Until yesterday, I’d been using the internal camera on my iMac for all my online meetings. I couldn’t help feeling that something was wrong: the picture was often too dark or grainy. Or the camera would adjust to the bright light in the background, shrouding me in darkness. I bought a Logi StreamCam – you can judge the quality for yourself in the YouTube video I uploaded, which I’ve embedded further down this article.
The conditions in my office are challenging, light-wise. There’s a window off to the side, which is partly in-frame. I tried closing the curtains, shining bright light in my face (not much fun) and buying an app to take manual control of the internal camera so as to push up the brightness, even if the background then gets completely blown out. None of these was satisfactory, so I decided to buy an external camera.
I can’t quite remember how I arrived at the StreamCam. It’s not really for video conferencing at all; rather, it’s aimed at streamers. There are one or two features that are superfluous to requirements for me, like an orientation sensor so you can turn the video for portrait mode and an inbuilt mic. Someone somewhere on the internet said these two features are superfluous to streamers’ requirements too, but I’m no expert on that.
Compatibility issues have proven unfounded so far
I was worried that the camera would have compatibility issues with my setup. Gradually, my late 2015 27″ 5K iMac’s age is catching up with me (not to mention my late 2013 MacBook Pro’s). Despite them being five and seven years old, respectively, they’re absolutely fine speed-wise but they’re still on old-fashioned USB-A ports. The Logitech StreamCam has a fixed USB-C connector, although (don’t quote me on this) I gather the protocol it uses is USB 3.1. So it’s just a question of getting a suitable adapter, which (going by some reviews on Amazon) can be a tricky undertaking if the adapter’s a bit naff. I bought a Benfei USB-C to USB-A adapter.
USB-A with an adapter works fine
I was relieved to find that it works, and it appears to work at the full frame rate of 60 frames per second at full HD (1080p, i.e. 1920 x 1020). I just plugged it in and the hardware camera was recognised immediately; so far, I’ve tried Google Meet (in Chrome) and Zoom. There’s no reason to believe Skype and others wouldn’t work, as QuickTime recognises it too.
No need for 7th generation i5 Intel processor
The specifications stipulate that a 7th generation i5 Intel processor is required. I’m not sure why, but neither of my machines have one. The Logitech Capture software works fine on my iMac, and I tested out the camera without the software on my Macbook Pro (I don’t know whether the software works).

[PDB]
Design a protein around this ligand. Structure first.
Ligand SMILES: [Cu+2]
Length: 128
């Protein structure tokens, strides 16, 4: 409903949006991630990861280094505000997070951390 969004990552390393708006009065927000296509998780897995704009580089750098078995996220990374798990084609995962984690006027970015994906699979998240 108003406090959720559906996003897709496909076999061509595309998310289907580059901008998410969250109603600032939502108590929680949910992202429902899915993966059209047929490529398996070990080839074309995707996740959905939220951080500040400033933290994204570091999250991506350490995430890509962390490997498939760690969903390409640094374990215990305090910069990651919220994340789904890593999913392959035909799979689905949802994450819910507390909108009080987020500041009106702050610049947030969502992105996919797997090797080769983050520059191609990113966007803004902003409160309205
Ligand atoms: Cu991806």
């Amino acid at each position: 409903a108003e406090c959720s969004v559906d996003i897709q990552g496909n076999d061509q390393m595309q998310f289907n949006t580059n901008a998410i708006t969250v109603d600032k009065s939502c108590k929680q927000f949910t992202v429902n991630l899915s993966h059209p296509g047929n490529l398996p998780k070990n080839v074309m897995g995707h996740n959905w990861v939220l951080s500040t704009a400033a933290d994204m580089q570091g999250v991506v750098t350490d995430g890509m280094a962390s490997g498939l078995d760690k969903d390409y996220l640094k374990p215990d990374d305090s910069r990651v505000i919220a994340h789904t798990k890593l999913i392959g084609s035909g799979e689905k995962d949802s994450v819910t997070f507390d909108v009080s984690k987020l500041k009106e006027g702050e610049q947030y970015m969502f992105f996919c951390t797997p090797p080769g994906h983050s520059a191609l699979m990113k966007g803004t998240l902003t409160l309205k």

The only thing I need the software for is to adjust settings. It seems that brightness and a couple of basic settings (presumably those that are manipulated physically within the camera itself) are remembered even if you close the software.
However, if you want to use settings such as the digital zoom or “auto-framing” (which automatically zooms and pans to keep your face in frame) you need to keep the Logitech Capture software open and choose “Logi Capture” as the camera. This is a virtual camera, which means the software intercepts the signal from the camera, manipulates it appropriately, and passes itself off as a camera that you can select in Google Meet, Zoom or whatever you’re using.
The downside is that you have to keep the software open – which crashed on me a couple of times while using QuickTime (although to be fair, my computer doesn’t meet the official specifications). It also means that status light is always lit, so if you leave the software on for convenience, you don’t know whether your camera is being accessed when it shouldn’t be.
Overall, I’m very happy with the camera. The f/2.0 aperture seems to do the trick of adapting to my challenging light situation. I paid €159 for it – please don’t judge me – and although I’m sure some people will say there are better cameras out there, this one looks good perched on top of my iMac and does the trick. The sound’s pretty good too, and despite what I say in the video, I think I might actually use it for meetings so long as I don’t get an echo or feedback from the speakers.
Being able to change the angle and crop the frame with the digital zoom might come in handy if, as in the video, I have loads of mess in the background.